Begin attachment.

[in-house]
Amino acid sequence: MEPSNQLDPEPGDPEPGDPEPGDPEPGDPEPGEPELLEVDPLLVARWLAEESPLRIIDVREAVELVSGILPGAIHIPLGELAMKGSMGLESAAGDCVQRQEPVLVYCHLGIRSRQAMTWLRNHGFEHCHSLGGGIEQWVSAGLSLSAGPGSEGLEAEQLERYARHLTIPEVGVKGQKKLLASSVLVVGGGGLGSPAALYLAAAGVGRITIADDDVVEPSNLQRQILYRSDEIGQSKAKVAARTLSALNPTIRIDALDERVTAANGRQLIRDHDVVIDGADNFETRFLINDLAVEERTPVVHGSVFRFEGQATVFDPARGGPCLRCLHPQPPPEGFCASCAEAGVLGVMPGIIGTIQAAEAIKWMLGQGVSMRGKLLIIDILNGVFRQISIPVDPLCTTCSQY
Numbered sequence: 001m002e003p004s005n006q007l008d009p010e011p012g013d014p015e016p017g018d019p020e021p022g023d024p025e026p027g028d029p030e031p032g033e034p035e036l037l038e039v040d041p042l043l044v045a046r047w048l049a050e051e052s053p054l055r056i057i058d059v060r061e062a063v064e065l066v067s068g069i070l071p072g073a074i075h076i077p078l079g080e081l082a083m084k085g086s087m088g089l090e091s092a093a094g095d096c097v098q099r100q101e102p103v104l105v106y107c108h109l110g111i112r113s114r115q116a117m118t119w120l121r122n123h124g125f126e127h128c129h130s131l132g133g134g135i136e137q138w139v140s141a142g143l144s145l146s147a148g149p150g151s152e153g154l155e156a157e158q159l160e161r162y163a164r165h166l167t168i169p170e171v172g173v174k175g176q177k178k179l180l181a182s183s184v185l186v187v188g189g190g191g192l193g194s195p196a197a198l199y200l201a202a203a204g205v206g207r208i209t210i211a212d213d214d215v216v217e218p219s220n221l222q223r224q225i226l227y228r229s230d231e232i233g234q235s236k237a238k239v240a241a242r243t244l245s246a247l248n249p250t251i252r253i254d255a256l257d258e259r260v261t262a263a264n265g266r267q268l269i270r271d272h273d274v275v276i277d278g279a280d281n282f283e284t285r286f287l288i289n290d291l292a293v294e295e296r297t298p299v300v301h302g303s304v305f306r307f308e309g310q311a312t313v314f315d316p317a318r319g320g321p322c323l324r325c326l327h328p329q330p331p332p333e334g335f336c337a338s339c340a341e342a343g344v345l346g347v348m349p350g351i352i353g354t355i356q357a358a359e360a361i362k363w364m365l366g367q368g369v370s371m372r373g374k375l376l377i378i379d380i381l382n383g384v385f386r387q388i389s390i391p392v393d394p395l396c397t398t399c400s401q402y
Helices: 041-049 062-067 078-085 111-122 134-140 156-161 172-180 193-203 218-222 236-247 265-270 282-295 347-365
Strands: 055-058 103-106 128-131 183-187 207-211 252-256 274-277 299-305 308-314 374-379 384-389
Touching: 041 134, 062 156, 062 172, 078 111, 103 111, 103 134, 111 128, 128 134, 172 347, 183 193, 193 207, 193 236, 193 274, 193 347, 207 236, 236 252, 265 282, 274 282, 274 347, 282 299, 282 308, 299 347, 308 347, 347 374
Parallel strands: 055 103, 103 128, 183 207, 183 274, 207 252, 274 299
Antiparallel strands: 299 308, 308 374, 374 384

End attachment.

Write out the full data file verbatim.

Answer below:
[in-house]
Amino acid sequence: MEPSNQLDPEPGDPEPGDPEPGDPEPGDPEPGEPELLEVDPLLVARWLAEESPLRIIDVREAVELVSGILPGAIHIPLGELAMKGSMGLESAAGDCVQRQEPVLVYCHLGIRSRQAMTWLRNHGFEHCHSLGGGIEQWVSAGLSLSAGPGSEGLEAEQLERYARHLTIPEVGVKGQKKLLASSVLVVGGGGLGSPAALYLAAAGVGRITIADDDVVEPSNLQRQILYRSDEIGQSKAKVAARTLSALNPTIRIDALDERVTAANGRQLIRDHDVVIDGADNFETRFLINDLAVEERTPVVHGSVFRFEGQATVFDPARGGPCLRCLHPQPPPEGFCASCAEAGVLGVMPGIIGTIQAAEAIKWMLGQGVSMRGKLLIIDILNGVFRQISIPVDPLCTTCSQY
Numbered sequence: 001m002e003p004s005n006q007l008d009p010e011p012g013d014p015e016p017g018d019p020e021p022g023d024p025e026p027g028d029p030e031p032g033e034p035e036l037l038e039v040d041p042l043l044v045a046r047w048l049a050e051e052s053p054l055r056i057i058d059v060r061e062a063v064e065l066v067s068g069i070l071p072g073a074i075h076i077p078l079g080e081l082a083m084k085g086s087m088g089l090e091s092a093a094g095d096c097v098q099r100q101e102p103v104l105v106y107c108h109l110g111i112r113s114r115q116a117m118t119w120l121r122n123h124g125f126e127h128c129h130s131l132g133g134g135i136e137q138w139v140s141a142g143l144s145l146s147a148g149p150g151s152e153g154l155e156a157e158q159l160e161r162y163a164r165h166l167t168i169p170e171v172g173v174k175g176q177k178k179l180l181a182s183s184v185l186v187v188g189g190g191g192l193g194s195p196a197a198l199y200l201a202a203a204g205v206g207r208i209t210i211a212d213d214d215v216v217e218p219s220n221l222q223r224q225i226l227y228r229s230d231e232i233g234q235s236k237a238k239v240a241a242r243t244l245s246a247l248n249p250t251i252r253i254d255a256l257d258e259r260v261t262a263a264n265g266r267q268l269i270r271d272h273d274v275v276i277d278g279a280d281n282f283e284t285r286f287l288i289n290d291l292a293v294e295e296r297t298p299v300v301h302g303s304v305f306r307f308e309g310q311a312t313v314f315d316p317a318r319g320g321p322c323l324r325c326l327h328p329q330p331p332p333e334g335f336c337a338s339c340a341e342a343g344v345l346g347v348m349p350g351i352i353g354t355i356q357a358a359e360a361i362k363w364m365l366g367q368g369v370s371m372r373g374k375l376l377i378i379d380i381l382n383g384v385f386r387q388i389s390i391p392v393d394p395l396c397t398t399c400s401q402y
Helices: 041-049 062-067 078-085 111-122 134-140 156-161 172-180 193-203 218-222 236-247 265-270 282-295 347-365
Strands: 055-058 103-106 128-131 183-187 207-211 252-256 274-277 299-305 308-314 374-379 384-389
Touching: 041 134, 062 156, 062 172, 078 111, 103 111, 103 134, 111 128, 128 134, 172 347, 183 193, 193 207, 193 236, 193 274, 193 347, 207 236, 236 252, 265 282, 274 282, 274 347, 282 299, 282 308, 299 347, 308 347, 347 374
Parallel strands: 055 103, 103 128, 183 207, 183 274, 207 252, 274 299
Antiparallel strands: 299 308, 308 374, 374 384